The opening on 1st July of the new home of the Gucci archive in Via delle Caldaie in Florence marks another major milestone in the House's 100th anniversary celebrations. The archive is housed in Palazzo Settimanni, which dates back to the 15th century and is located in the Santo Spirito neighbourhood, in the area known as "Oltrarno", on the left bank of the river. This is where artisans and artists had their workshops, and by the 16th century, following the Medici family's move to Palazzo Pitti, they had established themselves alongside the residences of aristocratic families who chose to build their sumptuous homes there.
This transformation from working-class district to sophisticated urban area may warrant a comparison with Gucci's stylistic codes, in which know-how is inextricably intertwined with research, harmony and refinement.
Despite its grandeur, over the centuries the palace proved to be a flexible structure, capable of accommodating additions, splits, partitions, changes of ownership and use. Acquired by Gucci in 1953, it became an integral part of the brand, both physically and metaphorically. It has served as a factory, a workshop and a showroom. Today, thanks to the refurbishment commissioned and designed by Creative Director Alessandro Michele, the building has not only been restored to its original character but has also been allowed to tell its own story and reveal its multiple identities, becoming the symbol of a dialogue between past and present − the necessary prerequisites for the future. Here, the vision of the creative director has joined that of the archivist, the historian, the anthropologist, the scholar, the psychoanalyst and the philosopher, eschewing defined boundaries, instead tracing theoretical and experiential paths that go well beyond the displays.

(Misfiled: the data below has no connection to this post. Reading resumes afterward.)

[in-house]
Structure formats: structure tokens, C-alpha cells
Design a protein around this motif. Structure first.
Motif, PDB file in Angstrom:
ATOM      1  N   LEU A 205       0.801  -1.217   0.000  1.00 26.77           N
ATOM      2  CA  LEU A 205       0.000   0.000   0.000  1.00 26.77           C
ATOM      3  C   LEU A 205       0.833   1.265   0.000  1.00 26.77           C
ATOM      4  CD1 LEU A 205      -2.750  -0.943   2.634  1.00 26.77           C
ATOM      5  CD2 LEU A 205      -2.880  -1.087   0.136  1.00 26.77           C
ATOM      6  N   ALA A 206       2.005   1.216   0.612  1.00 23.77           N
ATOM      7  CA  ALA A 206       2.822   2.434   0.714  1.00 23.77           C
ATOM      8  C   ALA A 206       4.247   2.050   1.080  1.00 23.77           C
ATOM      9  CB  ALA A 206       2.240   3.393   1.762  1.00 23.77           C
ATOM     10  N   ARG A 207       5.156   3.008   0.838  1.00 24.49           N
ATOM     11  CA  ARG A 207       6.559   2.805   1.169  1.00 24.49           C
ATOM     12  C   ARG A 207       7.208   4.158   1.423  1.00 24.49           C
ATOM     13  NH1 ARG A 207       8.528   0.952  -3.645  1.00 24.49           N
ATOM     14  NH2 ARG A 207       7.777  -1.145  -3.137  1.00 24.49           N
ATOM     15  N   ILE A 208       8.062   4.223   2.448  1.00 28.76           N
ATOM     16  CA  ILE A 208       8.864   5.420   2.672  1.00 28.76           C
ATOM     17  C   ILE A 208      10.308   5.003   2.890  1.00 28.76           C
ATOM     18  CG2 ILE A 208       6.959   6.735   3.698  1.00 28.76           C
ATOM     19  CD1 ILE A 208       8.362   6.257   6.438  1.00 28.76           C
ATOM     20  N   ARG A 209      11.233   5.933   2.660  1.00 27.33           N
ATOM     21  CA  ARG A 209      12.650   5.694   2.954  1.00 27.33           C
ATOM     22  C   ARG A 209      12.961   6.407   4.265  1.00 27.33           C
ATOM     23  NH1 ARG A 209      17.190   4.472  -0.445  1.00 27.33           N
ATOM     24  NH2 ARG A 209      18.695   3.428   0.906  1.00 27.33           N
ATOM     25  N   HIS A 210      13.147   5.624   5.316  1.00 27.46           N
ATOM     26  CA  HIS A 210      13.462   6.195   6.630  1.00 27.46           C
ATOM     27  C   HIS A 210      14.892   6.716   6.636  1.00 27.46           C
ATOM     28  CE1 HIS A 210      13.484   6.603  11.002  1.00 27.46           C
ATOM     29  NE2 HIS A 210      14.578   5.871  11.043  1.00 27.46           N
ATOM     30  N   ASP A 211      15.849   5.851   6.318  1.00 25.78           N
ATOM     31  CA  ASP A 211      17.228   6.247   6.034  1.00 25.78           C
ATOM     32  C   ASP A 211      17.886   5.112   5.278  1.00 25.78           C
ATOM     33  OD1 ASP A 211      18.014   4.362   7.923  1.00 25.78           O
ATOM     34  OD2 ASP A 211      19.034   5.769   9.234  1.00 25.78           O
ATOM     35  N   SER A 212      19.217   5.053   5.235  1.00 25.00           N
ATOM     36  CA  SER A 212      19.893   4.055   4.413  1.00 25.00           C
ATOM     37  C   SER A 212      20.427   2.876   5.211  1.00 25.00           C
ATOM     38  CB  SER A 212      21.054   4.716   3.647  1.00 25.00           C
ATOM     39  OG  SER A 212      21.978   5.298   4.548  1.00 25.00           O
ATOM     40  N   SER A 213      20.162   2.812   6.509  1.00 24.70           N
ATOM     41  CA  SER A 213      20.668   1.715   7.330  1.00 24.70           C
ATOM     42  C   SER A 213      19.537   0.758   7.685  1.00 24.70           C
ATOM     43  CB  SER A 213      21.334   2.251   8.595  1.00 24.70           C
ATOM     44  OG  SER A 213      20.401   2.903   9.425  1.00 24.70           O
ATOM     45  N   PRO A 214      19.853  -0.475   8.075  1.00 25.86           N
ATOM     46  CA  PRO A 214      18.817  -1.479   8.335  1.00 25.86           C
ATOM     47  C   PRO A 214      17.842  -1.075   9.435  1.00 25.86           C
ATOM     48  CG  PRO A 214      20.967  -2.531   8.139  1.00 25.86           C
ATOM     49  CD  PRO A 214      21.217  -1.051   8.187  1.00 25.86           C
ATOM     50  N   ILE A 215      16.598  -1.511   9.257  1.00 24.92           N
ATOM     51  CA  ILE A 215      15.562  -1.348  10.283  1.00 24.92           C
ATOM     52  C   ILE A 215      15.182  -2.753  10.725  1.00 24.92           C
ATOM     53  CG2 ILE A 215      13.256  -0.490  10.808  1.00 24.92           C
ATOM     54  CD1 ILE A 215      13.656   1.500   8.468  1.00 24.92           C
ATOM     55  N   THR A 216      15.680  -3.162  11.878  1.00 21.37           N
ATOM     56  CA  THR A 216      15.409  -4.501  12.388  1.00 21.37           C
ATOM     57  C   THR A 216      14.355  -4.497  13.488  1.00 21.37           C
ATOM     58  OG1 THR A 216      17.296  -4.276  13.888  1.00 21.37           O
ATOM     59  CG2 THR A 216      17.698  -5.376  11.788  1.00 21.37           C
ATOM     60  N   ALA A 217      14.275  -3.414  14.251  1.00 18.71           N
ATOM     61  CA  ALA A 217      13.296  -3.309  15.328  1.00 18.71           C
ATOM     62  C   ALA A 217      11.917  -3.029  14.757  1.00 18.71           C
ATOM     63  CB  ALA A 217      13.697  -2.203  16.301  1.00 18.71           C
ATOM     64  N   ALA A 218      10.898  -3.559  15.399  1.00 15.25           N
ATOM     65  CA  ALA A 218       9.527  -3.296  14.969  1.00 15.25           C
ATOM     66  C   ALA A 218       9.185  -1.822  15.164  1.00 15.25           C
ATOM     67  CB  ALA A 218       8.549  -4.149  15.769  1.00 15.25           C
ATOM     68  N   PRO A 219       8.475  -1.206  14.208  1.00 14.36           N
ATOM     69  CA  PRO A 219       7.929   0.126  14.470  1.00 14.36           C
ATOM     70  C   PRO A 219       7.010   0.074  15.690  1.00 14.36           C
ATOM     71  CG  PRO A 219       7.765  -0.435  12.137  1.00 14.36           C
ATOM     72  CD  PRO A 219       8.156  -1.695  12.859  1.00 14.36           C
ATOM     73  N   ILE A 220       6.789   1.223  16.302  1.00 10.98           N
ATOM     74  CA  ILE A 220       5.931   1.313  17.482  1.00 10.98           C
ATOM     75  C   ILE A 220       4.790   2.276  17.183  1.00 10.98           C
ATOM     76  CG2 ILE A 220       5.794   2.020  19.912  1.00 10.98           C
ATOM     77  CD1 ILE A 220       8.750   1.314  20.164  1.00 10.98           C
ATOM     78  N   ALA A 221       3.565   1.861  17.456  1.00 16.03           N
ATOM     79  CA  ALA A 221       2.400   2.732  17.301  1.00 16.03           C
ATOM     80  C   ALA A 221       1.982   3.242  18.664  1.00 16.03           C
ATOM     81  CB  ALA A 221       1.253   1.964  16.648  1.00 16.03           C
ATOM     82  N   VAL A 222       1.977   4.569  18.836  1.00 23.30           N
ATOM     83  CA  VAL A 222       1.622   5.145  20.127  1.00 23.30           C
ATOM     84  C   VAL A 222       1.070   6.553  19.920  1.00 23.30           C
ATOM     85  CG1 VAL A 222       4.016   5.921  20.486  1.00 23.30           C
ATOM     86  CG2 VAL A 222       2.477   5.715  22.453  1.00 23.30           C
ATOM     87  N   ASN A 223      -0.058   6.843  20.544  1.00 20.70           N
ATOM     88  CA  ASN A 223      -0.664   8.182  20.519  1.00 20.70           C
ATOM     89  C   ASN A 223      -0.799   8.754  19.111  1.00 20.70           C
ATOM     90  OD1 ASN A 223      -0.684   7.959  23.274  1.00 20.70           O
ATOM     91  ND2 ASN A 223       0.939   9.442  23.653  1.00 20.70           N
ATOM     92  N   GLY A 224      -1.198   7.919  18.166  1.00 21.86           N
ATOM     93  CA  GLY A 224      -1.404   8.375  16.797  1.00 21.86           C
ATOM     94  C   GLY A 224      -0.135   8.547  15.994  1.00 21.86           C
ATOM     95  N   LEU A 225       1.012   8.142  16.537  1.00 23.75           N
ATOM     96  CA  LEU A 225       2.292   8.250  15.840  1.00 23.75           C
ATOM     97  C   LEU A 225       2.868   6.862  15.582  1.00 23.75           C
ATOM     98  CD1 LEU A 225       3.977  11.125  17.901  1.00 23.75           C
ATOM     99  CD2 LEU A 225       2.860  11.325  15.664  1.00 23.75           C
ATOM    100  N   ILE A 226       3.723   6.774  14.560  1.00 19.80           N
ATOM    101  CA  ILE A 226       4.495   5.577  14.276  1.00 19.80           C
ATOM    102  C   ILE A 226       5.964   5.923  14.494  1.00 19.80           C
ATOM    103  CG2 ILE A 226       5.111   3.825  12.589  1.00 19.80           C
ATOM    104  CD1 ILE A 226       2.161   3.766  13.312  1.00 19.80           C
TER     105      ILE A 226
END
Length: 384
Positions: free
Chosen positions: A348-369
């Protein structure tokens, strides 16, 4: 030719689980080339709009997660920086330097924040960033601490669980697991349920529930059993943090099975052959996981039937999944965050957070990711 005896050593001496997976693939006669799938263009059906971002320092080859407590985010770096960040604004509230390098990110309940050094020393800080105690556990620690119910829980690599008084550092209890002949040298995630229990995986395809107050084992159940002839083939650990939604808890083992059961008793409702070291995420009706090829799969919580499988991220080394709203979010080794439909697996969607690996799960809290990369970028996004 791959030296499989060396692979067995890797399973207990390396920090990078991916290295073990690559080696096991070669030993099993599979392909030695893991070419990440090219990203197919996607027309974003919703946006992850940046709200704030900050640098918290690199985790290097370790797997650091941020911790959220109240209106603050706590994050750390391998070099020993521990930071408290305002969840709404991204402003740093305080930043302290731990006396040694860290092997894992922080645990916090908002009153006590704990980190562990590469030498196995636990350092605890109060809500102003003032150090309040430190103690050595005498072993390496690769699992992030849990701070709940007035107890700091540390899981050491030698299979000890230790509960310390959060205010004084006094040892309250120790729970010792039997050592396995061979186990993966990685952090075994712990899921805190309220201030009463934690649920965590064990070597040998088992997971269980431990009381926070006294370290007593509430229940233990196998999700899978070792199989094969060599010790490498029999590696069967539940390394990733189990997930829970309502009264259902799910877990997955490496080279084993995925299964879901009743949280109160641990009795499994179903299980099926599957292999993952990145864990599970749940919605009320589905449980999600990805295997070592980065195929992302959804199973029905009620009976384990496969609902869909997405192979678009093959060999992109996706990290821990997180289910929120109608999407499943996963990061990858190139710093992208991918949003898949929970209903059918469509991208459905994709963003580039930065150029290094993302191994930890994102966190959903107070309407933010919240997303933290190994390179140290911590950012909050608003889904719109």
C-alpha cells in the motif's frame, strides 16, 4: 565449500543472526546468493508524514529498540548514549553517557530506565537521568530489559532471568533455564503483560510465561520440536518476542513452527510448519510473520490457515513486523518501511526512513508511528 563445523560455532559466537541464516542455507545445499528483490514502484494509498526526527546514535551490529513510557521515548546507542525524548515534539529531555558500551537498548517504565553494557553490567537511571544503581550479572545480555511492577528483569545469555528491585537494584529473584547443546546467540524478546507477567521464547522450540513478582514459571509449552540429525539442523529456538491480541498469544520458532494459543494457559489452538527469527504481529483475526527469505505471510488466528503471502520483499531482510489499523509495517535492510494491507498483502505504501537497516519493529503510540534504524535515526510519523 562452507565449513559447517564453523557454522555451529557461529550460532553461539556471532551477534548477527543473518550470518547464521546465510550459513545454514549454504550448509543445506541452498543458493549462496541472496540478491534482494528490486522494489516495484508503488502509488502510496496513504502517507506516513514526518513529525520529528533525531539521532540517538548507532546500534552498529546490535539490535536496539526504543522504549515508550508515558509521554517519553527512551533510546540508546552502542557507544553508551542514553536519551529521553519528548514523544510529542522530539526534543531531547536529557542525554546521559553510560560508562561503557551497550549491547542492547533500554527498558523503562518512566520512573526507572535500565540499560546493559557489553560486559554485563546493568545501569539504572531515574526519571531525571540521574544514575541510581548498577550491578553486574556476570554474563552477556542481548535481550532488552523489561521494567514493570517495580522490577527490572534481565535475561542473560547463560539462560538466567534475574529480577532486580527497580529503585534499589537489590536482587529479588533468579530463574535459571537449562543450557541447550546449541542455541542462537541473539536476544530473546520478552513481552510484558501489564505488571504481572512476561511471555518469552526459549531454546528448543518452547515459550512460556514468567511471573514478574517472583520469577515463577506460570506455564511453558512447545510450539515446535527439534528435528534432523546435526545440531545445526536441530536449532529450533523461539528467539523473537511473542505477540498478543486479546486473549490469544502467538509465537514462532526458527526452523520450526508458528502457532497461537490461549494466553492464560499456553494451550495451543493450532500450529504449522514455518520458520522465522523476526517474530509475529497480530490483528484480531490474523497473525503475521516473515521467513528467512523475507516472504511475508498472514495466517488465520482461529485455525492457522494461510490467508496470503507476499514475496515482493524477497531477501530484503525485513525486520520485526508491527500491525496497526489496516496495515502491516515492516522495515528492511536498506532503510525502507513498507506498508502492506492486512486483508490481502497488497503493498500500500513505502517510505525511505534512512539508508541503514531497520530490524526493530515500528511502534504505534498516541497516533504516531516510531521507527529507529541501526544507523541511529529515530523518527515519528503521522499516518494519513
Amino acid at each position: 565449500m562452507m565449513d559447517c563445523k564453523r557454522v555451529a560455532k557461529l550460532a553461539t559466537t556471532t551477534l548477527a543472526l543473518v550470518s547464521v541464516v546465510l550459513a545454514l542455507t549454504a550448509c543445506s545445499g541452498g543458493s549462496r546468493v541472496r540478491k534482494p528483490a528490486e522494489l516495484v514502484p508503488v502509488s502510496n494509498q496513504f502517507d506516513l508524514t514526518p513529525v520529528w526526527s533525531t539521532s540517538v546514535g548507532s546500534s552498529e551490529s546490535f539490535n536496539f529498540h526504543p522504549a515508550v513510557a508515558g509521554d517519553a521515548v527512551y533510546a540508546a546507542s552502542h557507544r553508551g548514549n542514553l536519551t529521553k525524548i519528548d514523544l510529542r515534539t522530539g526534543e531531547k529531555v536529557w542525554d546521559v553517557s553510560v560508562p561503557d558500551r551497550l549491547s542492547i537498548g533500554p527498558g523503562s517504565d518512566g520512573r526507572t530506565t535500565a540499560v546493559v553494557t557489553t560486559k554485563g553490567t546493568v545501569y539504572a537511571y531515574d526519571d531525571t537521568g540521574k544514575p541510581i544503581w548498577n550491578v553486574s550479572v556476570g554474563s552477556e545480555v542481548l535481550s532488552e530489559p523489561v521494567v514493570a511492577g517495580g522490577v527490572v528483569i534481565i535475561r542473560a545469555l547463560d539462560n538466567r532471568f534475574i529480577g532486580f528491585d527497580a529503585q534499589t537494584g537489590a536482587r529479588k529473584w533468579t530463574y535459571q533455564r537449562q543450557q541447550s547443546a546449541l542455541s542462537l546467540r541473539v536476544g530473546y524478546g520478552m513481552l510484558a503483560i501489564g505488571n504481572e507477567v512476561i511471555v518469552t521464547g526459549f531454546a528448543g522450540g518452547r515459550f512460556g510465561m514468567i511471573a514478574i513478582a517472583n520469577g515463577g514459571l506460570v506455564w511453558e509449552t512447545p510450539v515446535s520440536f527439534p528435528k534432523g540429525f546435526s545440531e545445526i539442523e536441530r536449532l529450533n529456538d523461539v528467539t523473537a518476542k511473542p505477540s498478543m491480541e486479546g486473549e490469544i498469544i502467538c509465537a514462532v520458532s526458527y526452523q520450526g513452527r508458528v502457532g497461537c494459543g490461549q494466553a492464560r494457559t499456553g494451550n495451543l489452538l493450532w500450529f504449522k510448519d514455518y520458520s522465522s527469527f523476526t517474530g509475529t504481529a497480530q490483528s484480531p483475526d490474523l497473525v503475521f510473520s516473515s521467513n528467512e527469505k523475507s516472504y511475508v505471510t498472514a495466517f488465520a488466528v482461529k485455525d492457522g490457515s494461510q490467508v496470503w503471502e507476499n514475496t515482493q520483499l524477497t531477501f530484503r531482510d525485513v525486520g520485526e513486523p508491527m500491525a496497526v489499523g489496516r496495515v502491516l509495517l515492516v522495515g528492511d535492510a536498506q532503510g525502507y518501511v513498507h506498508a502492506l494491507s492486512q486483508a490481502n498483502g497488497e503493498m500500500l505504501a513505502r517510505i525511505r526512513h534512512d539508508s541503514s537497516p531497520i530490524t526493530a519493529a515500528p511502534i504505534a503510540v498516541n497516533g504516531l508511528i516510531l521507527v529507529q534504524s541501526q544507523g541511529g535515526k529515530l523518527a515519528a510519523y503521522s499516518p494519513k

Take a virtual exhibit of the premise: https://